Bringing back Abalone to West Coast waters.
By Brianna Kwasnik
There was once a time on the Westside when you could go into a restaurant and likely find abalone on the menu. Because they tasted so good, however, abalone was doomed from the beginning, overharvested and for the last 30 years, their numbers have been on the decline.
Abalone, a common name for a group of small to very large sea snails is native to the waters of Southern California. The Santa Monica Bay was once thriving with seven different species: red, pink, green, white, black, pinto and flat. However, according to The Bay Foundation, due to severe over-harvesting and a disease called withering syndrome, the species have been on the decline since the late 90’s.
The abalone have a vital role in the marine ecosystem, as they have predators that feed off them. They are herbivores and feed off drift algae, which frees up space for other types of algae to live in the reefs, researcher and Cal State Fullerton graduate student, Marissa Velarde Wu said.
Marine Biologist Nancy Caruso works with large green abalone and out-planting them to restore their numbers.
“Abalone was as iconic [in Southern California] as lobster is in Maine, so you could get them in virtually every restaurant in a beach town,” Caruso said on KPCC’s “Take Two” podcast. “They taste really good, so they were doomed as soon as humans started liking them.”
The Bay Foundation is an organization that has been actively working to restore the abalone to the Santa Monica Bay since 2010. This work includes scientific monitoring, extensive research, deck spawning and outplanting.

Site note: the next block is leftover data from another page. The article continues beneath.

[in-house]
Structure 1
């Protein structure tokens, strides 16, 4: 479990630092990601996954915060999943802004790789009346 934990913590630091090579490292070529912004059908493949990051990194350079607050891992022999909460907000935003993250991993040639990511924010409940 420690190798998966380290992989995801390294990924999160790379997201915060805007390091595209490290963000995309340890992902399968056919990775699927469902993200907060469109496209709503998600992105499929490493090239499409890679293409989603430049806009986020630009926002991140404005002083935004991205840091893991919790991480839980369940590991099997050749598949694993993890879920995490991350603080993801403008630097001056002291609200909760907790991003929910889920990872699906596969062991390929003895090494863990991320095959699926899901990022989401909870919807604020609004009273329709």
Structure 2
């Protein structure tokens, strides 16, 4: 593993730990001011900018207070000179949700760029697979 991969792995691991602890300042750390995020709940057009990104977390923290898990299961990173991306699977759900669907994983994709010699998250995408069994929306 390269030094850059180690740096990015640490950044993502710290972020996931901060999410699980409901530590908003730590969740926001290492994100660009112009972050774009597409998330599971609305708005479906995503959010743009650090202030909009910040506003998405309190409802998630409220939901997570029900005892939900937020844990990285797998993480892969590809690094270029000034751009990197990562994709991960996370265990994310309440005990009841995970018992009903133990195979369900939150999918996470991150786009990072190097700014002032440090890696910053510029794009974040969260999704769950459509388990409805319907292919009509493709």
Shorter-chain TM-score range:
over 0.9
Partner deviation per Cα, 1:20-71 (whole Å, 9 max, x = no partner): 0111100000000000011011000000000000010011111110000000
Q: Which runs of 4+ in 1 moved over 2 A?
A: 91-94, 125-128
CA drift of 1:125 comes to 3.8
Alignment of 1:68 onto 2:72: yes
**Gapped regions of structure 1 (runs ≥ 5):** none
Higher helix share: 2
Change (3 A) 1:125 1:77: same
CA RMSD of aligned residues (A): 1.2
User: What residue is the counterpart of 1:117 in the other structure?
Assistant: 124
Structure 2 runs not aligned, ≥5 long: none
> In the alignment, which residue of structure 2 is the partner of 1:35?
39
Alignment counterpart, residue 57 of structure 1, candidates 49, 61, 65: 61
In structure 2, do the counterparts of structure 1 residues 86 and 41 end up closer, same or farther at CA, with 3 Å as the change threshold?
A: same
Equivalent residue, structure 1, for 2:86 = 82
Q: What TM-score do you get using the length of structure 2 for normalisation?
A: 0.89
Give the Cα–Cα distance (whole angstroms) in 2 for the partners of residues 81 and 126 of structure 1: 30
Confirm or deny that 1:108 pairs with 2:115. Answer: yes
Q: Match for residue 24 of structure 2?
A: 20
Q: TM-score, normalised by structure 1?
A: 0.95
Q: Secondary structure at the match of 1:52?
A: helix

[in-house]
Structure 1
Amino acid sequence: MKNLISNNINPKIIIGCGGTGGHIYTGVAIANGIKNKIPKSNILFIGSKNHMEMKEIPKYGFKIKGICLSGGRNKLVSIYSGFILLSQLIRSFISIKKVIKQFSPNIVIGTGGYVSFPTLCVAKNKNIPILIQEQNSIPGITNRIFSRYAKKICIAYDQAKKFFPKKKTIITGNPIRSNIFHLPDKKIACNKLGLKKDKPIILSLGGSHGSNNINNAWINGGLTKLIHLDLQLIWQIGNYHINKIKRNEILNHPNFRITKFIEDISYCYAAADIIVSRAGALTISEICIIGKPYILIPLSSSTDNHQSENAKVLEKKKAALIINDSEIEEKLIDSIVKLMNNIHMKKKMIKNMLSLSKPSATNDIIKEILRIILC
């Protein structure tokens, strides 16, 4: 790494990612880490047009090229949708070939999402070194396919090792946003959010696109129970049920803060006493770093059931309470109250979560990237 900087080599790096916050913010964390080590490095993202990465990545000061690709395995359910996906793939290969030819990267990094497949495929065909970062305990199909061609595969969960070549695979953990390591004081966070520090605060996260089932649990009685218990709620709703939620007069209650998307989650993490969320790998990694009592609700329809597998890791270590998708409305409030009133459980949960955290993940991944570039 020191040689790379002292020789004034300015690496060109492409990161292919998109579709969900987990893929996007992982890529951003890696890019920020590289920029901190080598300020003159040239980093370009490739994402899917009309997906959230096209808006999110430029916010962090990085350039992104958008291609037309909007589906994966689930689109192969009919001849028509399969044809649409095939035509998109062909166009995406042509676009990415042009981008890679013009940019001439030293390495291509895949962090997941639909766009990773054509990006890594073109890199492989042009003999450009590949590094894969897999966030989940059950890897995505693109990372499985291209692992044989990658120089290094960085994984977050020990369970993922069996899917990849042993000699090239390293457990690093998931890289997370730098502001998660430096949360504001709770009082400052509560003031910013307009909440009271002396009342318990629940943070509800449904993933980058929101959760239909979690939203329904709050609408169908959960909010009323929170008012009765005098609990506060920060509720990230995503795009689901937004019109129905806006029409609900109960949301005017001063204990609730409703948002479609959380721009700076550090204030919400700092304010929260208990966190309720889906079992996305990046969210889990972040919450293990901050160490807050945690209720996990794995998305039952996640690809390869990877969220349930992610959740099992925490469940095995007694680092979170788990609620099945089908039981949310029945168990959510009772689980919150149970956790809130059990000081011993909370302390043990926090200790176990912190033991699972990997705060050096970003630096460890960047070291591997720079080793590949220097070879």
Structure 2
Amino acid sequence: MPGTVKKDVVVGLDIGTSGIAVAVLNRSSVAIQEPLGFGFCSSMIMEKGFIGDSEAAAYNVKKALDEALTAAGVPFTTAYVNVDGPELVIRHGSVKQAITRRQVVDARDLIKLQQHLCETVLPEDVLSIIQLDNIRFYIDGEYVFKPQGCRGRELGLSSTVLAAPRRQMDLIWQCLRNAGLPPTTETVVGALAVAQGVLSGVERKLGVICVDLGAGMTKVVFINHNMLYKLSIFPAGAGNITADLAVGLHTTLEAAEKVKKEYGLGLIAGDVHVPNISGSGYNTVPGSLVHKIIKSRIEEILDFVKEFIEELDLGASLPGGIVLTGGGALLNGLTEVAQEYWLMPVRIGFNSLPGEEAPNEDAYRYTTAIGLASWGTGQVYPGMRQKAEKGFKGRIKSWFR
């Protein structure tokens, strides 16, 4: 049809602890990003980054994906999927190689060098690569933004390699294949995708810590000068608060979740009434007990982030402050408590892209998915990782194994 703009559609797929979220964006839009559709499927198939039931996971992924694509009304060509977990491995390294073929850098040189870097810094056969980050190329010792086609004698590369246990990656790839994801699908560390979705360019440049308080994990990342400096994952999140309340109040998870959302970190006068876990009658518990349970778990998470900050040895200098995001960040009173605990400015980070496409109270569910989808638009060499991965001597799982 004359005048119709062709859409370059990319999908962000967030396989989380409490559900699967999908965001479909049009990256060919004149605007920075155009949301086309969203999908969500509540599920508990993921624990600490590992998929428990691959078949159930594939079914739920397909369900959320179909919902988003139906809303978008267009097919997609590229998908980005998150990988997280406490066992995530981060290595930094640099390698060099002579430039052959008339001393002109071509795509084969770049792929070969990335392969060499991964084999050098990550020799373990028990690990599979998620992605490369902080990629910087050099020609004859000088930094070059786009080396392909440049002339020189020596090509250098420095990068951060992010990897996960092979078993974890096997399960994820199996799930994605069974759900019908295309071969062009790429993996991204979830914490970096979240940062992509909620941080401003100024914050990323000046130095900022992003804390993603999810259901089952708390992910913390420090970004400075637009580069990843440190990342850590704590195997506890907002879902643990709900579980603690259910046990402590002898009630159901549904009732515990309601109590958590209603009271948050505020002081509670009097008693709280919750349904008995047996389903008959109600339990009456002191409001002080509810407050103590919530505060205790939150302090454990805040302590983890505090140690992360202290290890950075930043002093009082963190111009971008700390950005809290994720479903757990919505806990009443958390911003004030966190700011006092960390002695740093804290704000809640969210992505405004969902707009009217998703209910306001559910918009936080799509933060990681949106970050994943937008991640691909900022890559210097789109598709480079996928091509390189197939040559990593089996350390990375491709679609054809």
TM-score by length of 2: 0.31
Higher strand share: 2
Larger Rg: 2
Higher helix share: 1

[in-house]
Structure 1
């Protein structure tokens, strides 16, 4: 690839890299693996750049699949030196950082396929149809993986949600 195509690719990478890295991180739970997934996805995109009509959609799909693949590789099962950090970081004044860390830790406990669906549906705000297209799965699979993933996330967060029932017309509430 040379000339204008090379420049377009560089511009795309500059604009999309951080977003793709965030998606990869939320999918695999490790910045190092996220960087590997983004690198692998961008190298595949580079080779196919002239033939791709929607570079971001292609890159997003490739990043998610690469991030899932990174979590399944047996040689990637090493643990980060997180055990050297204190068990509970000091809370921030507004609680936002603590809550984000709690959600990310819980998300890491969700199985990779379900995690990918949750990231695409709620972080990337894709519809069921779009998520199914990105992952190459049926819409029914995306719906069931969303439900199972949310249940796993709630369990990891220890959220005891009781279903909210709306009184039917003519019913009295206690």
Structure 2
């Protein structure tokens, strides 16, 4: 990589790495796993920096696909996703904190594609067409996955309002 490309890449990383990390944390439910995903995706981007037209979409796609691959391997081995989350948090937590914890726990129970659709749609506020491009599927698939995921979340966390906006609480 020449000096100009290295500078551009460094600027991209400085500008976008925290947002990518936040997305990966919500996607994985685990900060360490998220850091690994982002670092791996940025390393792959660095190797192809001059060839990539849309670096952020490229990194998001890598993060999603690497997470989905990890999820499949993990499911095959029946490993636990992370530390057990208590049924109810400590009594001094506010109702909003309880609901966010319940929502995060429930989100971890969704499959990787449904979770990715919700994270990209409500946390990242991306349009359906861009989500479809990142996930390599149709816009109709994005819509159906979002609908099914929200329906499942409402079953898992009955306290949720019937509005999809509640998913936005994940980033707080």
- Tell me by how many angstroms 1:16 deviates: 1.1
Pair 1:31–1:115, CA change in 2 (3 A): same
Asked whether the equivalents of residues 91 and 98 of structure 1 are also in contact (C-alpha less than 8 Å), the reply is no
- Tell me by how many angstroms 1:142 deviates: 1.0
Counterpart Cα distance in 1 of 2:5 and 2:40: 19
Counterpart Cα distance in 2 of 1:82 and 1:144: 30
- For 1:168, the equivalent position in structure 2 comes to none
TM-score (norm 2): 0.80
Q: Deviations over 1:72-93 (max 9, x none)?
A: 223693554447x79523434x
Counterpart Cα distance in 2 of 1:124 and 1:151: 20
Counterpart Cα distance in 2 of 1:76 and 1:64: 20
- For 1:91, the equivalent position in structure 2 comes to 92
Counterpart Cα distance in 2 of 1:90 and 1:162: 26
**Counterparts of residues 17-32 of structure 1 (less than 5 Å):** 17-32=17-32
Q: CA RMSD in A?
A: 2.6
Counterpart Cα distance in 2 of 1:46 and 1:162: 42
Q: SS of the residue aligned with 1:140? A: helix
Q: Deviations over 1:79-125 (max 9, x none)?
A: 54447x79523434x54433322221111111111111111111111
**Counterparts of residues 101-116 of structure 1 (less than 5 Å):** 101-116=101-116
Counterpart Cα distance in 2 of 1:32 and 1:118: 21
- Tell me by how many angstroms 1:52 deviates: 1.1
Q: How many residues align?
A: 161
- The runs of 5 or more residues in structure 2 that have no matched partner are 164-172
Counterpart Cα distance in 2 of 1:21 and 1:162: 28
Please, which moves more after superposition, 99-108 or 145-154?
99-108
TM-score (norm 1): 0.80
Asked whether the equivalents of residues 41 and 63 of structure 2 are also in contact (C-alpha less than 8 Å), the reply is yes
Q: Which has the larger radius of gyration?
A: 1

People used to go down to the tide to collect them recreationally to barbecue. The shells have also commonly been used for decoration or using the mother of pearl found inside the shell for jewelry, art pieces or fishing hooks.
They may not look like what you would typically think of when you think of a snail. The shell of the abalone varies depending on the species. Their shape can be oval or round, highly arched or flat.
According to the Fish and Game Code, in the state of California, is illegal to take, possess, or land abalone for commercial or recreational purposes. Fishing licenses for abalone are reserved for researchers or aquaculturists intending to collect abalone for broodstock.
You may still find abalone listed on a seafood menu, as there are aquaculture farms in the area that provide it to restaurants.
“Overall, it’s a good idea to know where your seafood comes from,” Velarde Wu said. “If you see red abalone in a tank and they’re selling them, find out where it comes from. As a consumer, you’re allowed to ask these things.”